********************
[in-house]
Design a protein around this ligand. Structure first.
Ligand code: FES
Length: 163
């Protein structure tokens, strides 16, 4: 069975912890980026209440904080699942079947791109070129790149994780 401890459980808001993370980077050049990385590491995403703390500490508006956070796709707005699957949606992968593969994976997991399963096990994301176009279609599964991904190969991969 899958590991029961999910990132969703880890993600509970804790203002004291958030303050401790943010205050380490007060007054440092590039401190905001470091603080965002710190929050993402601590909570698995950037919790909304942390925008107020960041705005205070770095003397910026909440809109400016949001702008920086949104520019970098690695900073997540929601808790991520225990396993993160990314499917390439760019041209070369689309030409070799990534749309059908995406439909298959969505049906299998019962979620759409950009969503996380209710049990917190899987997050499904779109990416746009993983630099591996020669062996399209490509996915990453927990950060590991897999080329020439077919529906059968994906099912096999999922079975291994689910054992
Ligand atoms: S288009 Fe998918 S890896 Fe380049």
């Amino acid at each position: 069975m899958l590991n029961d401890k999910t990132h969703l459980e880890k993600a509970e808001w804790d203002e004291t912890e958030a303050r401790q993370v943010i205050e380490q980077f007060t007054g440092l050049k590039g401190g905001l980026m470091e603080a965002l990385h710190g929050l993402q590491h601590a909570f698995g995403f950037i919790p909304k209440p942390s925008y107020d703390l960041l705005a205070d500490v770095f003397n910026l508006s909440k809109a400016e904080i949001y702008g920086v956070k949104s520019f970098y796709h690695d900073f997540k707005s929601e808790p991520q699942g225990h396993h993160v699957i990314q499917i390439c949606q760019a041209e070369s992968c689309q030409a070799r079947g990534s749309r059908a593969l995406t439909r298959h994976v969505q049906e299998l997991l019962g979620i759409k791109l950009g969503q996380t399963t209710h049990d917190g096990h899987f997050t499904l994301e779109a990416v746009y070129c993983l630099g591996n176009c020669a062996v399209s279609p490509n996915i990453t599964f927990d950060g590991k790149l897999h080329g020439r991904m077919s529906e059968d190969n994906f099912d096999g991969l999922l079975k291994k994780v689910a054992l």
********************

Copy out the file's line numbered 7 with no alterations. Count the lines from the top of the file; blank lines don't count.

């Amino acid at each position: 069975m899958l590991n029961d401890k999910t990132h969703l459980e880890k993600a509970e808001w804790d203002e004291t912890e958030a303050r401790q993370v943010i205050e380490q980077f007060t007054g440092l050049k590039g401190g905001l980026m470091e603080a965002l990385h710190g929050l993402q590491h601590a909570f698995g995403f950037i919790p909304k209440p942390s925008y107020d703390l960041l705005a205070d500490v770095f003397n910026l508006s909440k809109a400016e904080i949001y702008g920086v956070k949104s520019f970098y796709h690695d900073f997540k707005s929601e808790p991520q699942g225990h396993h993160v699957i990314q499917i390439c949606q760019a041209e070369s992968c689309q030409a070799r079947g990534s749309r059908a593969l995406t439909r298959h994976v969505q049906e299998l997991l019962g979620i759409k791109l950009g969503q996380t399963t209710h049990d917190g096990h899987f997050t499904l994301e779109a990416v746009y070129c993983l630099g591996n176009c020669a062996v399209s279609p490509n996915i990453t599964f927990d950060g590991k790149l897999h080329g020439r991904m077919s529906e059968d190969n994906f099912d096999g991969l999922l079975k291994k994780v689910a054992l």